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Date: 1696

"His Resentment and Grief was too great not to be perceiv'd; therefore he took his leave somewhat abruptly; and when he had shifted his Disguise (which he always did at the Fryar's) he hastens to his dear Confident Castro, immediately tells him his Misfortune, how Cordelia was prepossess'd, had g...

— Pix, Mary (c.1666-1720)

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Date: 1727

"Death from this coarse Alloy refines the Mind."

— Somervile, William (1675-1742)

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Date: 1727

"Ned cou'd not well digest this Change, / Forc'd in the World at large to range; / With Babel's Monarch turn'd to grass, / Wou'd it not break an Heart of Brass?"

— Somervile, William (1675-1742)

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Date: 1751, 1777

"If refined sense and exalted sense be not so useful as common sense, their rarity, their novelty, and the nobleness of their objects make some compensation, and render them the admiration of mankind: As gold, though less serviceable than iron, acquires, from its scarcity, a value, which is much ...

— Hume, David (1711-1776)

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Date: 1751, 1777

"The one [reason] discovers objects, as they really stand in nature, without addition or diminution: The other [taste] has a productive faculty, and gilding or staining all natural objects with the colours, borrowed from internal sentiment, raises, in a manner, a new creation."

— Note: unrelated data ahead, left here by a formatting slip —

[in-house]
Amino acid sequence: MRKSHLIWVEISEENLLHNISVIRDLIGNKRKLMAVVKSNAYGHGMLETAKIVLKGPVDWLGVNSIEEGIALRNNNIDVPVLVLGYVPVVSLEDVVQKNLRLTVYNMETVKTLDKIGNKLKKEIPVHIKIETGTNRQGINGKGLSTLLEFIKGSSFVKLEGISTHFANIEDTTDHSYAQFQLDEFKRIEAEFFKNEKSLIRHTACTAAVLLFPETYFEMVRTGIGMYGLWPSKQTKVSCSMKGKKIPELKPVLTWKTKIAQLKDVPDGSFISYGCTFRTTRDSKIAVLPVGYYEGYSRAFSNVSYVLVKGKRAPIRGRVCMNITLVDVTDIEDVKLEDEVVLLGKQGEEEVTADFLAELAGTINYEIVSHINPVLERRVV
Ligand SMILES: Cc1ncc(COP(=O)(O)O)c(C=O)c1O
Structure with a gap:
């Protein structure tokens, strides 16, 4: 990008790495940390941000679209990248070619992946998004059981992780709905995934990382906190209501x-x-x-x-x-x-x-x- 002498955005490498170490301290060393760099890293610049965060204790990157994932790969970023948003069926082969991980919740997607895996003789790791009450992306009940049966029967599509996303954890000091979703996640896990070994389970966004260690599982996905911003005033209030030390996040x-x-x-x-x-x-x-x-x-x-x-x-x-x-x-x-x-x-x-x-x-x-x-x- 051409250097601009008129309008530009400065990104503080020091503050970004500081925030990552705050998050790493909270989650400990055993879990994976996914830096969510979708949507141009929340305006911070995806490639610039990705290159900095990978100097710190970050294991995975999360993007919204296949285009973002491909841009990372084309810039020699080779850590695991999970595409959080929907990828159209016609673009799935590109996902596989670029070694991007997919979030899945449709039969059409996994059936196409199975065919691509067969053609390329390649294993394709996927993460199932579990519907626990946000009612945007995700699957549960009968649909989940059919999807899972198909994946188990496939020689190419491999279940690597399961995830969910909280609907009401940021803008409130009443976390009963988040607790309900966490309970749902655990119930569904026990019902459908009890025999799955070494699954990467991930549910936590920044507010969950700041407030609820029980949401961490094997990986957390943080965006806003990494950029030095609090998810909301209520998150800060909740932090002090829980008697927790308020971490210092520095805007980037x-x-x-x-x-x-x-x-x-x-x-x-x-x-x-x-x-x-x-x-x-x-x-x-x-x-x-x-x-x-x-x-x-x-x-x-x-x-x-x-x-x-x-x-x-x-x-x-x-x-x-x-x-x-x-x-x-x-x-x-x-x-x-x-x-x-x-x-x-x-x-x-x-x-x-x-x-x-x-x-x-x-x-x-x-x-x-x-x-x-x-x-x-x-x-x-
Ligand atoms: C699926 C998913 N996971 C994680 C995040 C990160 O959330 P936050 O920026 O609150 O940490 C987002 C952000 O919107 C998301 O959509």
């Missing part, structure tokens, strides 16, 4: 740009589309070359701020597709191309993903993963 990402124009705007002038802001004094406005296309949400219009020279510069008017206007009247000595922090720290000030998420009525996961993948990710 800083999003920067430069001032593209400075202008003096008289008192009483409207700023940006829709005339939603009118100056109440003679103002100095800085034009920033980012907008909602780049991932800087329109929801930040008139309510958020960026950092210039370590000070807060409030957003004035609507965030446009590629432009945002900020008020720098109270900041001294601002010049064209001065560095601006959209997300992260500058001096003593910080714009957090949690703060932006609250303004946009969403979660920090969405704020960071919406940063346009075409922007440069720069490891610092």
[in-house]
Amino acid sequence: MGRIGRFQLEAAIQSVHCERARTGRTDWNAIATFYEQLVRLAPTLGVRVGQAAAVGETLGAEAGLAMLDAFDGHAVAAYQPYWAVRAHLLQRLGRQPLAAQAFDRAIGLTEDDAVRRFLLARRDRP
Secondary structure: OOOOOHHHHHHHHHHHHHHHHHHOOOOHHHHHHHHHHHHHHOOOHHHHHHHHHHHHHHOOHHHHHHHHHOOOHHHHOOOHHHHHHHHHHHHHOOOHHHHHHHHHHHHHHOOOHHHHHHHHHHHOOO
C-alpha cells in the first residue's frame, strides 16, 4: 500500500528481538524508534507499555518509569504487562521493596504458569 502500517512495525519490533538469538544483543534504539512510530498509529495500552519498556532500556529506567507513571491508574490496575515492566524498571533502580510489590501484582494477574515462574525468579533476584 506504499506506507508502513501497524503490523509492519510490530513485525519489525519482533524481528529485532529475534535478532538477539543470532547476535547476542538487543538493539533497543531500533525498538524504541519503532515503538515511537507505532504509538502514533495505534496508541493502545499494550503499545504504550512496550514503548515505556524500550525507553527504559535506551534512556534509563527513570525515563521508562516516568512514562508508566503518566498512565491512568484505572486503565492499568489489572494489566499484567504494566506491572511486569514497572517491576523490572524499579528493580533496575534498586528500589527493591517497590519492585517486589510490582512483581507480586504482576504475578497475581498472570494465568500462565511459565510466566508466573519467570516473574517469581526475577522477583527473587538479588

— Hume, David (1711-1776)

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Date: 1762

"never joy, / Save th' anxious sordid one to view his gold, / Could touch his marble heart"

— Mickle, William Julius [formerly William Meikle] (1734-1788)

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Date: 1762

"But as the fire / Refines the silver; so a taste of woe / Awakes the Soul."

— Mickle, William Julius [formerly William Meikle] (1734-1788)

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Date: 1776

"One breast alone against his rage was steel'd, / Secure in spotless Truth's celestial shield"

— Mickle, William Julius [formerly William Meikle] (1734-1788)

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Date: 1776

"Forgive, O king, if as a man I feel, / I bear no bosom of obdurate steel"

— Mickle, William Julius [formerly William Meikle] (1734-1788)

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Date: 1777

"She [Nature] employs it [spiritual substance] as a kind of paste or clay; modifies it into a variety of forms and existences; dissolves after a time each modification, and from its substance erects a new form."

— Hume, David (1711-1776)

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The Mind is a Metaphor is authored by Brad Pasanek, Assistant Professor of English, University of Virginia.